As someone who has vacated a residence upwards of three times now, I am aware of exactly one good thing about the process of moving: You get to eat out, or, at the very least, go to the grocery store and buy fantastically unhealthy preprepared food.
This was the case for my last meal in my Trigo Road home. All of my food having long since been eaten or packed away along with my dishes and silverware, I knew I had to make my final dinner in my first Isla Vista abode something that didn’t require eating apparatuses or excessive cleanup.
Twenty minutes later, I’m sitting on my bed watching the “Pride and Prejudice” miniseries on my computer – the only thing left in my eerily bare bedroom – with a tube of Pillsbury cookie dough and an IBC root beer. I remember thinking that the whole moving out procedure isn’t that bad of a deal after all.
However, I only came to this realization after about a week of box labeling, refrigerator scrubbing and landlord calling. At one point in my life, I had pictured my 20-year-old self utterly grown-up: married, president and the owner of Disneyland. Instead, I found myself up to my elbows in packing tape and calling my parents every 10 minutes to ask about change of address forms, security deposits and the statute of limitations for aggravated assault.
I was certain I was going to kill at least one of my four housemates before the move-out process was finished.
Two of the smarter ones skipped town early, which meant they also got out of any cleaning duties – a fact that left me extremely annoyed, especially after cleaning out one of the wayward housemate’s kitchen cabinets and smelling of rotten potato juice, even after aggressive showering.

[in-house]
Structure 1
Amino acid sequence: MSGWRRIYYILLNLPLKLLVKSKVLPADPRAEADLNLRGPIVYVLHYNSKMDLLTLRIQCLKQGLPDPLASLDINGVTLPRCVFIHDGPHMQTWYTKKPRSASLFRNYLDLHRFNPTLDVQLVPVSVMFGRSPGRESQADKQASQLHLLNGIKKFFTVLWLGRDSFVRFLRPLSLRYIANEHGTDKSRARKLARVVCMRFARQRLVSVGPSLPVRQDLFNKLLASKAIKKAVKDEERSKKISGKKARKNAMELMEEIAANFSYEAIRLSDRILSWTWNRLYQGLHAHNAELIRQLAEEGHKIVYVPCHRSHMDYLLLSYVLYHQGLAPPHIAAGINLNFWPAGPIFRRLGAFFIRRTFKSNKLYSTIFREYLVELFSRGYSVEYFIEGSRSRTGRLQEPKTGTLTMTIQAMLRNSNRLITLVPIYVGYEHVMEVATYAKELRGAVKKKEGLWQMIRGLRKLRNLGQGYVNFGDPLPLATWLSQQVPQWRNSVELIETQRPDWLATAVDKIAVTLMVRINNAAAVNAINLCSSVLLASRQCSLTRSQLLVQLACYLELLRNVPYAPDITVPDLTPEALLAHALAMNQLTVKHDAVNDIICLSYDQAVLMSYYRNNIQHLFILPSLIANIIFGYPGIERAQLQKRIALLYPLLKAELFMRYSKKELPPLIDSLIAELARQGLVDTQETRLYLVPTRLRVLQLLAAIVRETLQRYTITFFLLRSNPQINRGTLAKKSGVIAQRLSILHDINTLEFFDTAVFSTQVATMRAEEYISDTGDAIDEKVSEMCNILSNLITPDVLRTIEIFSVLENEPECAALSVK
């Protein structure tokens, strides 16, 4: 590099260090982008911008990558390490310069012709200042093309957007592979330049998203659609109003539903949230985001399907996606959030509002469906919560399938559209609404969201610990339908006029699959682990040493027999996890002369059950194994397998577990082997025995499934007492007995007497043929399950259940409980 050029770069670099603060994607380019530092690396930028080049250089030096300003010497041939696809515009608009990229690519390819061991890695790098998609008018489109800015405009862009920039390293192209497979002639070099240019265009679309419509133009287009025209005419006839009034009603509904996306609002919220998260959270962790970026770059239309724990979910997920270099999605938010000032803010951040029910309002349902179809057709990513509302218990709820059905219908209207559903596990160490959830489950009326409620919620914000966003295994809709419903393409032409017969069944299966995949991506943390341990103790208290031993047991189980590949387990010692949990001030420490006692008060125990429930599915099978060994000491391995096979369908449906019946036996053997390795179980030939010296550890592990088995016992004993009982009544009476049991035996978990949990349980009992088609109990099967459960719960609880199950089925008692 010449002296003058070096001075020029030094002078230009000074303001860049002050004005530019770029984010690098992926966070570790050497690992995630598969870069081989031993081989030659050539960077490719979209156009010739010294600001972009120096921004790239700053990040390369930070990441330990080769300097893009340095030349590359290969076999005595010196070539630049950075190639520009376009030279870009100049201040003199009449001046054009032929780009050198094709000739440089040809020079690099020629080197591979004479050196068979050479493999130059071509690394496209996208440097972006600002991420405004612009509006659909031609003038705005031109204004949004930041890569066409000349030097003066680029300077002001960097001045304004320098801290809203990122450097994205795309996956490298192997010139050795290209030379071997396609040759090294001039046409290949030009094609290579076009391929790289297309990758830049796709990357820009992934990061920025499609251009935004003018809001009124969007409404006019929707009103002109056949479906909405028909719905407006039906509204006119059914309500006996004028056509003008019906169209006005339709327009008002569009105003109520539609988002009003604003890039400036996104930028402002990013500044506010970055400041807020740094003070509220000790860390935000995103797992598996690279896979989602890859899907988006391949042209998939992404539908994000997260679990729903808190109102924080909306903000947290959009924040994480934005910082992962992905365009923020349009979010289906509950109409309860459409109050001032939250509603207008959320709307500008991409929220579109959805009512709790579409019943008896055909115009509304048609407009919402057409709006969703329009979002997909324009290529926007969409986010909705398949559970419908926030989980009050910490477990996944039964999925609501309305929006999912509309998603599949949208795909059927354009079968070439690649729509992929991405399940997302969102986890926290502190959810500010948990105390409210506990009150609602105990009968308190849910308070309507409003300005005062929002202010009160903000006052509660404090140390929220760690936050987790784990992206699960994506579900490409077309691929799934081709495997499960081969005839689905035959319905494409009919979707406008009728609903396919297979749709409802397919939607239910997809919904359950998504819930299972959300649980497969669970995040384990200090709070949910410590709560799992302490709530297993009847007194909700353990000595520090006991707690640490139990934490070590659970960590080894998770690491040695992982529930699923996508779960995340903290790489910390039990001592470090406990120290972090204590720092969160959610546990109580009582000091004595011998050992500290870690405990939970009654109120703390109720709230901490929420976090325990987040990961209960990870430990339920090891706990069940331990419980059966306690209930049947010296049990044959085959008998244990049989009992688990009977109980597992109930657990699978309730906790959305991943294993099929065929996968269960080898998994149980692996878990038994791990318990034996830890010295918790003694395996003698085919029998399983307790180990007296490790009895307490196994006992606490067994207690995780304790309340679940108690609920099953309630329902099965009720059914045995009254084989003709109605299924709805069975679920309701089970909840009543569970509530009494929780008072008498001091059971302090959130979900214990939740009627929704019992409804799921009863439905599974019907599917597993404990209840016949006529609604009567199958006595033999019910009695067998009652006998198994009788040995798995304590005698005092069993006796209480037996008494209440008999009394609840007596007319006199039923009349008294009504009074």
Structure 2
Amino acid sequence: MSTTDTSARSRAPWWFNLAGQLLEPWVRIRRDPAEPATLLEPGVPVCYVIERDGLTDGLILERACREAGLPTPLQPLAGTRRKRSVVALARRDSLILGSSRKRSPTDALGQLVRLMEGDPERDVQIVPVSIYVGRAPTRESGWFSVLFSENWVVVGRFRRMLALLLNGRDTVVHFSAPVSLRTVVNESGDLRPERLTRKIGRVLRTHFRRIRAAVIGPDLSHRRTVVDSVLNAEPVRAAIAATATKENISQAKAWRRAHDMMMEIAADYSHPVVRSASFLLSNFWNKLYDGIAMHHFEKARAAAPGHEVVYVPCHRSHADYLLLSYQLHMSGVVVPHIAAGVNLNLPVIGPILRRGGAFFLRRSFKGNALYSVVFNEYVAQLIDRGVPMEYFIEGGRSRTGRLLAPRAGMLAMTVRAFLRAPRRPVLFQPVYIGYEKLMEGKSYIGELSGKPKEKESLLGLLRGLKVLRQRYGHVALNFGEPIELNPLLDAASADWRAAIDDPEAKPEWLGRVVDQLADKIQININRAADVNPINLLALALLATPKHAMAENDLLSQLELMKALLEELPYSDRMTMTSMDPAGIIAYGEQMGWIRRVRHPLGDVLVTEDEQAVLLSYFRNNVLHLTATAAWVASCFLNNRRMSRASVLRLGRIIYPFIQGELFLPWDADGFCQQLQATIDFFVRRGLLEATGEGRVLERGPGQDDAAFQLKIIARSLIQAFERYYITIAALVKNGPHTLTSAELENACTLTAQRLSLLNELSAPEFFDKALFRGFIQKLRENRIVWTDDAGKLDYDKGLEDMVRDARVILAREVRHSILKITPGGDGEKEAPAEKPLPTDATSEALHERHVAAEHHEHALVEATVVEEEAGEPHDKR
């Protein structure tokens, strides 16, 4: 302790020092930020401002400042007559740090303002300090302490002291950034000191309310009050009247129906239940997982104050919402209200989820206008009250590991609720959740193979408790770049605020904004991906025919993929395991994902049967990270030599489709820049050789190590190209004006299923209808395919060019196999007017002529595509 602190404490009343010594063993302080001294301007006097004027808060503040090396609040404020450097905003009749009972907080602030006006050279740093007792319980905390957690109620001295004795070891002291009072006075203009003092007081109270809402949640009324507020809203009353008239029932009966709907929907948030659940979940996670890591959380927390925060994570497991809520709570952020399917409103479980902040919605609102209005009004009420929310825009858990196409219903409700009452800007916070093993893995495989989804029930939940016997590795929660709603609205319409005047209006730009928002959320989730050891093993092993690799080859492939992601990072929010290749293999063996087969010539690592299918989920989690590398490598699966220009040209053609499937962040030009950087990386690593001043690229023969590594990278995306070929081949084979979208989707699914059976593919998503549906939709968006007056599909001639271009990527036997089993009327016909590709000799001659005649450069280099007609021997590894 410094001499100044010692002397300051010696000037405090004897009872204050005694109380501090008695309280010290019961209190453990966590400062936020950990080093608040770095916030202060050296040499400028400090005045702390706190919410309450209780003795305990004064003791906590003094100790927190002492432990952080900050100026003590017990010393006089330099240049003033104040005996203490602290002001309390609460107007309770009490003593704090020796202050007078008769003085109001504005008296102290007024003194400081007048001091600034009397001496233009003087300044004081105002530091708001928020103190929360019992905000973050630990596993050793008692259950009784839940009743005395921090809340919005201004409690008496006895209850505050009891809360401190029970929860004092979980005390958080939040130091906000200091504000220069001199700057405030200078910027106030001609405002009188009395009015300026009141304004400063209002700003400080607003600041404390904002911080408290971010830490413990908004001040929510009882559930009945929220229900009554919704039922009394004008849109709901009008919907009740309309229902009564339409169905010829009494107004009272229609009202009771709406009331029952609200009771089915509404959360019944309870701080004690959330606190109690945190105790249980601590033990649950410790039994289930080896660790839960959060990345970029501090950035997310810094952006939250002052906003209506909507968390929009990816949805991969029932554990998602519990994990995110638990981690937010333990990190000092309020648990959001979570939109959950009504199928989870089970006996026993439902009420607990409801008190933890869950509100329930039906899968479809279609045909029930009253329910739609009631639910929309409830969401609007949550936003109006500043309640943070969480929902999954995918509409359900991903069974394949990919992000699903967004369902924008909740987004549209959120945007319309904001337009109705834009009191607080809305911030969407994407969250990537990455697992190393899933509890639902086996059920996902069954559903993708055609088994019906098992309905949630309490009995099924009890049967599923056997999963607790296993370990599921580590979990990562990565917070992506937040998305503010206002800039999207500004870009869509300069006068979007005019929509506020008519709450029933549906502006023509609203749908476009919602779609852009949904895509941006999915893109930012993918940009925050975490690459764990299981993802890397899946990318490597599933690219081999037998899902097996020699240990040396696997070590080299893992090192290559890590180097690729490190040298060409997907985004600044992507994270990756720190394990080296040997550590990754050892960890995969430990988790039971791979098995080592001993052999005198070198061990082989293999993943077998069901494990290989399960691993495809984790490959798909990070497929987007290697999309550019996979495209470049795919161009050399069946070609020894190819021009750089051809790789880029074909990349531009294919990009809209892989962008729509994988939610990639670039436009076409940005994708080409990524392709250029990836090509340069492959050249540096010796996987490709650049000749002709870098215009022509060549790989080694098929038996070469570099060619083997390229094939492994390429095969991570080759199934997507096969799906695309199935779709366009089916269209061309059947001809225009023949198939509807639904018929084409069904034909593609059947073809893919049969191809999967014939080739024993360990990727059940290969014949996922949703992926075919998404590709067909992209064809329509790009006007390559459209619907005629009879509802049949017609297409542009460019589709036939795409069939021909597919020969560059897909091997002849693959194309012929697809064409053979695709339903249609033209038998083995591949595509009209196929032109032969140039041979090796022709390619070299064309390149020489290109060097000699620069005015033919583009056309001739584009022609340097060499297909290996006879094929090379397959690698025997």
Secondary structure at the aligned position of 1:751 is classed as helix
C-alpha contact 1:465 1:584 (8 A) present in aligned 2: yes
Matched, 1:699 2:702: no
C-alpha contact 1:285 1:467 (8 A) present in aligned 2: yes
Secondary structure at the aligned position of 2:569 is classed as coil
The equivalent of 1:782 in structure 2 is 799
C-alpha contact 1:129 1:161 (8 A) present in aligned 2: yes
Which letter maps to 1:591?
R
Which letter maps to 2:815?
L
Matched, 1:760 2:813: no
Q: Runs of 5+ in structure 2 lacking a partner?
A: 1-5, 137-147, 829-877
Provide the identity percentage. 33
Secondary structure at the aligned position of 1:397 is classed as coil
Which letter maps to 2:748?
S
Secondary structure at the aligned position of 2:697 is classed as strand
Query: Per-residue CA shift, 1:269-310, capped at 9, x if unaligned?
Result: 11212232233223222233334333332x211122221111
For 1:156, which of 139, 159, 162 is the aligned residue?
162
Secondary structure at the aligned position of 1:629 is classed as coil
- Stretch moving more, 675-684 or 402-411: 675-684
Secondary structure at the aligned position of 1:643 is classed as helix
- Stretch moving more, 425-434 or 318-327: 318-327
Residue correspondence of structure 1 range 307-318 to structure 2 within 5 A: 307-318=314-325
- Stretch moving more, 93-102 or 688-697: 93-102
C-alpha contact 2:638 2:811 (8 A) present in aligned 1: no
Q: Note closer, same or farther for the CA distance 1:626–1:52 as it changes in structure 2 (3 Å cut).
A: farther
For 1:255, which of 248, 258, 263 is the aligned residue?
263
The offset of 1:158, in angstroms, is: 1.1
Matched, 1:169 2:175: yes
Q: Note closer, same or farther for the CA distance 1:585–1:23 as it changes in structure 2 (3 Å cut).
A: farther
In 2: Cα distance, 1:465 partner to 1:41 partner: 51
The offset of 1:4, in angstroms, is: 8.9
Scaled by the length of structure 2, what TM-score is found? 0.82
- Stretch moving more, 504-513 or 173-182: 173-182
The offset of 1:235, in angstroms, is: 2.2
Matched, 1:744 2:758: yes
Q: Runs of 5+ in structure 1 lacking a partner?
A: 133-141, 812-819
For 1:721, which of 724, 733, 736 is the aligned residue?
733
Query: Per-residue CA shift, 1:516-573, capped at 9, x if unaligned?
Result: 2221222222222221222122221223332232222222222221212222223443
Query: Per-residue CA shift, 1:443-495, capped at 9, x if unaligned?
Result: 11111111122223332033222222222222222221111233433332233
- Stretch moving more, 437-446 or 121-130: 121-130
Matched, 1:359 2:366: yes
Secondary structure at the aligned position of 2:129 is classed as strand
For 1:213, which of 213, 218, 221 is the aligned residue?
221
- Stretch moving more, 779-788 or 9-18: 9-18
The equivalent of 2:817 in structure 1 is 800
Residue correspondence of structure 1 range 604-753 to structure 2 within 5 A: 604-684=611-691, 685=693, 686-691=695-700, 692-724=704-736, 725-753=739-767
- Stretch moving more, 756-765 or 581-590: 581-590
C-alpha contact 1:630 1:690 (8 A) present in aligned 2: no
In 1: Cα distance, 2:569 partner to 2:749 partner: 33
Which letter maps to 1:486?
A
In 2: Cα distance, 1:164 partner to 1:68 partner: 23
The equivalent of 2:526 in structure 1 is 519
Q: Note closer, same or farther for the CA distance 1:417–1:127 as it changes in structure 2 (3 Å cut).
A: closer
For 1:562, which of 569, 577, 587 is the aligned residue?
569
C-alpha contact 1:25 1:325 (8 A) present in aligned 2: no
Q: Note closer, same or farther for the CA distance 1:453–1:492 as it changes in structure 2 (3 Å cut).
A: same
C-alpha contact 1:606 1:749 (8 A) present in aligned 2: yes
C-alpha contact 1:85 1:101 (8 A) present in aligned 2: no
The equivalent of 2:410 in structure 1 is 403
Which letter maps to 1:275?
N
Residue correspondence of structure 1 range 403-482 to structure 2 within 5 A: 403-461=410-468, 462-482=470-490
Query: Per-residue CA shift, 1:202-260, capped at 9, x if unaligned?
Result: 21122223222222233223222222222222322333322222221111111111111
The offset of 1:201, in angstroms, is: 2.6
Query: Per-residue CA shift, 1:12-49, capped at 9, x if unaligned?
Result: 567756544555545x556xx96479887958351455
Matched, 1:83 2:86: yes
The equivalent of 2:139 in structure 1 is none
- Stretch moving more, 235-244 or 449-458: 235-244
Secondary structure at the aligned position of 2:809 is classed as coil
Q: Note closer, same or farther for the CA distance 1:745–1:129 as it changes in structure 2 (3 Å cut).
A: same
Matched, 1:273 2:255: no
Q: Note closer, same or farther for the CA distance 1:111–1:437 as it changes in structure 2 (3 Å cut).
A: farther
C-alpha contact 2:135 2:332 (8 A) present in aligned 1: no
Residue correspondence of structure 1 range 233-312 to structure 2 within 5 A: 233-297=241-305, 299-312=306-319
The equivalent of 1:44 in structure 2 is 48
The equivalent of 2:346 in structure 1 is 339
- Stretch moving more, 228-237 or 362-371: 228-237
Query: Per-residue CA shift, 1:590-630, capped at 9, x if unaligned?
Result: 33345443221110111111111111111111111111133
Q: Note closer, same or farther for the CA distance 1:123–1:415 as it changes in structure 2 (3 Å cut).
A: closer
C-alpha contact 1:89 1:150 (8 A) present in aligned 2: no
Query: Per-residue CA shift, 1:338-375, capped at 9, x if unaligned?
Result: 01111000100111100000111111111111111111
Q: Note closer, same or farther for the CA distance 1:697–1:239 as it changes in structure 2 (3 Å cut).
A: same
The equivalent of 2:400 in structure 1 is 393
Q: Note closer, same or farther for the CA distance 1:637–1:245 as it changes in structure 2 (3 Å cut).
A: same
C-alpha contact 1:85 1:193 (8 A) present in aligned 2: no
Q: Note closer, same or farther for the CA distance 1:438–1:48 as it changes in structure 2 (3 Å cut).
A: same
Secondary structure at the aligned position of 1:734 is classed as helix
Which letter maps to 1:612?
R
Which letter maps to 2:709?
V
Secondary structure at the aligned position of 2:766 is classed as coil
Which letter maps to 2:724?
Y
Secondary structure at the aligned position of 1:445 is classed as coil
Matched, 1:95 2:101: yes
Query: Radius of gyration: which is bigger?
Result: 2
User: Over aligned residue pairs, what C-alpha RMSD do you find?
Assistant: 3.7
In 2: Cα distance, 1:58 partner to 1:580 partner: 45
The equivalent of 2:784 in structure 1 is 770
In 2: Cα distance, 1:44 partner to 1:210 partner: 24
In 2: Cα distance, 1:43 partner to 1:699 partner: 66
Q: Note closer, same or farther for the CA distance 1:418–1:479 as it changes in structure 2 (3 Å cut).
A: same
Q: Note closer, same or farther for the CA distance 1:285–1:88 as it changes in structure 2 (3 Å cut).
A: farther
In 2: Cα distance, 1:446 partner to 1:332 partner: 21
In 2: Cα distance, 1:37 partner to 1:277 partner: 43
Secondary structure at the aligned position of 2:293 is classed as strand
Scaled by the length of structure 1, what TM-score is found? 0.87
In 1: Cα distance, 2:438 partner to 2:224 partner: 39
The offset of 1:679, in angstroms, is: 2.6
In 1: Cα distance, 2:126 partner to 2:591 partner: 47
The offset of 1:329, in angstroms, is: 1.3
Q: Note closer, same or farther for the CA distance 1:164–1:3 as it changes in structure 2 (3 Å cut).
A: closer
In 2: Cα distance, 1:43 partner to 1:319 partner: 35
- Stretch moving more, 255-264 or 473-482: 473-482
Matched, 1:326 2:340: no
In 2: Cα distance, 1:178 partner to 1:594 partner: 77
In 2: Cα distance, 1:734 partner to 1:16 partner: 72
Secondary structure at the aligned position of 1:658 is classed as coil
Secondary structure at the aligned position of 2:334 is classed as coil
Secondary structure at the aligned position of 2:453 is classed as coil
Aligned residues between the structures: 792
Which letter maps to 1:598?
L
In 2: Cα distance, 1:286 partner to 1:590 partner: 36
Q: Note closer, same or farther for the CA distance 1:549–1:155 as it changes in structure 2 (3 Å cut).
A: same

My parents were helpful and patient in dealing with all of my complaints and offered some very useful advice. In regard to dealing with my roommates, they advised me – in a very kindergarten teacherish fashion – to use my words.
Unfortunately, they did not instruct me as to which words to use and because of that two of my ex-housemates and I are currently in the midst of a 14-day “grace period” in which none of us are contacting each other. I have a feeling that now that we don’t inhabit the same tiny space, we will love each other just as much as we ever did, provided we never speak of this horrible time again.
Another part of moving out that I find to be especially painful is the week and a half that I am spending living out of my car. There is about a 10-day interim between old place and new place in which I staying with a friend and storing all of my belongings in my trusty ’89 Camry. She’s a good car, but definitely not intended to be stuffed to the brim with all of my possessions. Every time I open any of the doors or the trunk, at least three things fall out – the most embarrassing thus far being a pink bra.
A high school boyfriend once spent about the same amount of time living out of his car and I made fun of him to no end. He informed me that someday I would be in the same position. When it happened, he would rejoice in it, no matter where he was.
Laugh it up, bastard.
With the beautiful benefit of retrospect, I feel like I can say that moving out of my old house and my old life wasn’t really all that bad, but the “Screw you and this crappy house” written in cookie dough on my bedroom wall tells a very different story indeed.
Stacey Redd is a junior CCS literature major.